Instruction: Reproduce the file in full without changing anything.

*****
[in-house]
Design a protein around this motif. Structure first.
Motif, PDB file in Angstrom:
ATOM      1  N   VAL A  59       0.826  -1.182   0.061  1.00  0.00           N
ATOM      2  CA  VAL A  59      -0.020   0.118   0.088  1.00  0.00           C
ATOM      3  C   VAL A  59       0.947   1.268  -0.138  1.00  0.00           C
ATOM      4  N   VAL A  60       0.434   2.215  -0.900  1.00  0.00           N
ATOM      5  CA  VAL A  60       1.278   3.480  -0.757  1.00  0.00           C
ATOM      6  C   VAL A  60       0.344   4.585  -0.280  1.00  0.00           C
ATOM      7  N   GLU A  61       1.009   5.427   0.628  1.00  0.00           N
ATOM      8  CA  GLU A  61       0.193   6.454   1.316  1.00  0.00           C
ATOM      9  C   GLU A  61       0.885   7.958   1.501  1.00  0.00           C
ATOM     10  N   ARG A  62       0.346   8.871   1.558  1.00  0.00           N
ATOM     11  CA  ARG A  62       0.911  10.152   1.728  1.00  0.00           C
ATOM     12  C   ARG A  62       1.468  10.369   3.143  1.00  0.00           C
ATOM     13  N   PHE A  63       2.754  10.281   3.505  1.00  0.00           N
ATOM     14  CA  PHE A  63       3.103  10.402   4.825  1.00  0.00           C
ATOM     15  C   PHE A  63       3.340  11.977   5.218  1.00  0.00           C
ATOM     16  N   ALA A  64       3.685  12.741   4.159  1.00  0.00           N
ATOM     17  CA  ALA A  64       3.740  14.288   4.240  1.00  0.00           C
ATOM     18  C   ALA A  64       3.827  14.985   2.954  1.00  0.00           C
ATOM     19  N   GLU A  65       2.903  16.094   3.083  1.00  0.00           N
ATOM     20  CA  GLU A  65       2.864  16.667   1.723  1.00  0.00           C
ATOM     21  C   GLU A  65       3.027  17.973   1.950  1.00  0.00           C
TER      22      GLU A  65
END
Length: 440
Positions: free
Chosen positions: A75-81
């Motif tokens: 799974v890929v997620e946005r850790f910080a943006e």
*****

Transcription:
[in-house]
Design a protein around this motif. Structure first.
Motif, PDB file in Angstrom:
ATOM      1  N   VAL A  59       0.826  -1.182   0.061  1.00  0.00           N
ATOM      2  CA  VAL A  59      -0.020   0.118   0.088  1.00  0.00           C
ATOM      3  C   VAL A  59       0.947   1.268  -0.138  1.00  0.00           C
ATOM      4  N   VAL A  60       0.434   2.215  -0.900  1.00  0.00           N
ATOM      5  CA  VAL A  60       1.278   3.480  -0.757  1.00  0.00           C
ATOM      6  C   VAL A  60       0.344   4.585  -0.280  1.00  0.00           C
ATOM      7  N   GLU A  61       1.009   5.427   0.628  1.00  0.00           N
ATOM      8  CA  GLU A  61       0.193   6.454   1.316  1.00  0.00           C
ATOM      9  C   GLU A  61       0.885   7.958   1.501  1.00  0.00           C
ATOM     10  N   ARG A  62       0.346   8.871   1.558  1.00  0.00           N
ATOM     11  CA  ARG A  62       0.911  10.152   1.728  1.00  0.00           C
ATOM     12  C   ARG A  62       1.468  10.369   3.143  1.00  0.00           C
ATOM     13  N   PHE A  63       2.754  10.281   3.505  1.00  0.00           N
ATOM     14  CA  PHE A  63       3.103  10.402   4.825  1.00  0.00           C
ATOM     15  C   PHE A  63       3.340  11.977   5.218  1.00  0.00           C
ATOM     16  N   ALA A  64       3.685  12.741   4.159  1.00  0.00           N
ATOM     17  CA  ALA A  64       3.740  14.288   4.240  1.00  0.00           C
ATOM     18  C   ALA A  64       3.827  14.985   2.954  1.00  0.00           C
ATOM     19  N   GLU A  65       2.903  16.094   3.083  1.00  0.00           N
ATOM     20  CA  GLU A  65       2.864  16.667   1.723  1.00  0.00           C
ATOM     21  C   GLU A  65       3.027  17.973   1.950  1.00  0.00           C
TER      22      GLU A  65
END
Length: 440
Positions: free
Chosen positions: A75-81
């Motif tokens: 799974v890929v997620e946005r850790f910080a943006e």